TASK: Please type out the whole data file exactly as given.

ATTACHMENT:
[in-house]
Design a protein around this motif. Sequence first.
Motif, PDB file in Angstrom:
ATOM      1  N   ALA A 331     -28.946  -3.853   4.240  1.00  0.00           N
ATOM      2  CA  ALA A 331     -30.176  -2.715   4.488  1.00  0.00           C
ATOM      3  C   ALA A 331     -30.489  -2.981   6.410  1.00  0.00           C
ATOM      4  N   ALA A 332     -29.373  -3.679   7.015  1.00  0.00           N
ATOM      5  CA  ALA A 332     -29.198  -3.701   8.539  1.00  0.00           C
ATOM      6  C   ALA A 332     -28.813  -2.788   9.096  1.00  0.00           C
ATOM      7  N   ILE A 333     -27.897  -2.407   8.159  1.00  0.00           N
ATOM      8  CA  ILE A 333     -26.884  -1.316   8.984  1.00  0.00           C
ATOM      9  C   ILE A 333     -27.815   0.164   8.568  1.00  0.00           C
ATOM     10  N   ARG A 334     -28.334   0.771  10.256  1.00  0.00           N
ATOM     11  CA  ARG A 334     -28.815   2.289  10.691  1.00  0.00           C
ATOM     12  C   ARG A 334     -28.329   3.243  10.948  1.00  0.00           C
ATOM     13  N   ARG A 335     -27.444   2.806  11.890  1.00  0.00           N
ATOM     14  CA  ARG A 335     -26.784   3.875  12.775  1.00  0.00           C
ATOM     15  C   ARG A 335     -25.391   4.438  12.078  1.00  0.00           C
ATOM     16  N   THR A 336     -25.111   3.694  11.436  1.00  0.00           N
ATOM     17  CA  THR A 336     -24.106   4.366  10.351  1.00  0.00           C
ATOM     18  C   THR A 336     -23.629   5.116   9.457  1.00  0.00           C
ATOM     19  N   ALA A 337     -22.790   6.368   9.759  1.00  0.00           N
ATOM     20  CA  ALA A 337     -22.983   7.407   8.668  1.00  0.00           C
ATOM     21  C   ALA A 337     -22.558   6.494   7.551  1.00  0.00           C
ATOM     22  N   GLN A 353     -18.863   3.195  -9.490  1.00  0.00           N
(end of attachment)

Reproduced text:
[in-house]
Design a protein around this motif. Sequence first.
Motif, PDB file in Angstrom:
ATOM      1  N   ALA A 331     -28.946  -3.853   4.240  1.00  0.00           N
ATOM      2  CA  ALA A 331     -30.176  -2.715   4.488  1.00  0.00           C
ATOM      3  C   ALA A 331     -30.489  -2.981   6.410  1.00  0.00           C
ATOM      4  N   ALA A 332     -29.373  -3.679   7.015  1.00  0.00           N
ATOM      5  CA  ALA A 332     -29.198  -3.701   8.539  1.00  0.00           C
ATOM      6  C   ALA A 332     -28.813  -2.788   9.096  1.00  0.00           C
ATOM      7  N   ILE A 333     -27.897  -2.407   8.159  1.00  0.00           N
ATOM      8  CA  ILE A 333     -26.884  -1.316   8.984  1.00  0.00           C
ATOM      9  C   ILE A 333     -27.815   0.164   8.568  1.00  0.00           C
ATOM     10  N   ARG A 334     -28.334   0.771  10.256  1.00  0.00           N
ATOM     11  CA  ARG A 334     -28.815   2.289  10.691  1.00  0.00           C
ATOM     12  C   ARG A 334     -28.329   3.243  10.948  1.00  0.00           C
ATOM     13  N   ARG A 335     -27.444   2.806  11.890  1.00  0.00           N
ATOM     14  CA  ARG A 335     -26.784   3.875  12.775  1.00  0.00           C
ATOM     15  C   ARG A 335     -25.391   4.438  12.078  1.00  0.00           C
ATOM     16  N   THR A 336     -25.111   3.694  11.436  1.00  0.00           N
ATOM     17  CA  THR A 336     -24.106   4.366  10.351  1.00  0.00           C
ATOM     18  C   THR A 336     -23.629   5.116   9.457  1.00  0.00           C
ATOM     19  N   ALA A 337     -22.790   6.368   9.759  1.00  0.00           N
ATOM     20  CA  ALA A 337     -22.983   7.407   8.668  1.00  0.00           C
ATOM     21  C   ALA A 337     -22.558   6.494   7.551  1.00  0.00           C
ATOM     22  N   GLN A 353     -18.863   3.195  -9.490  1.00  0.00           N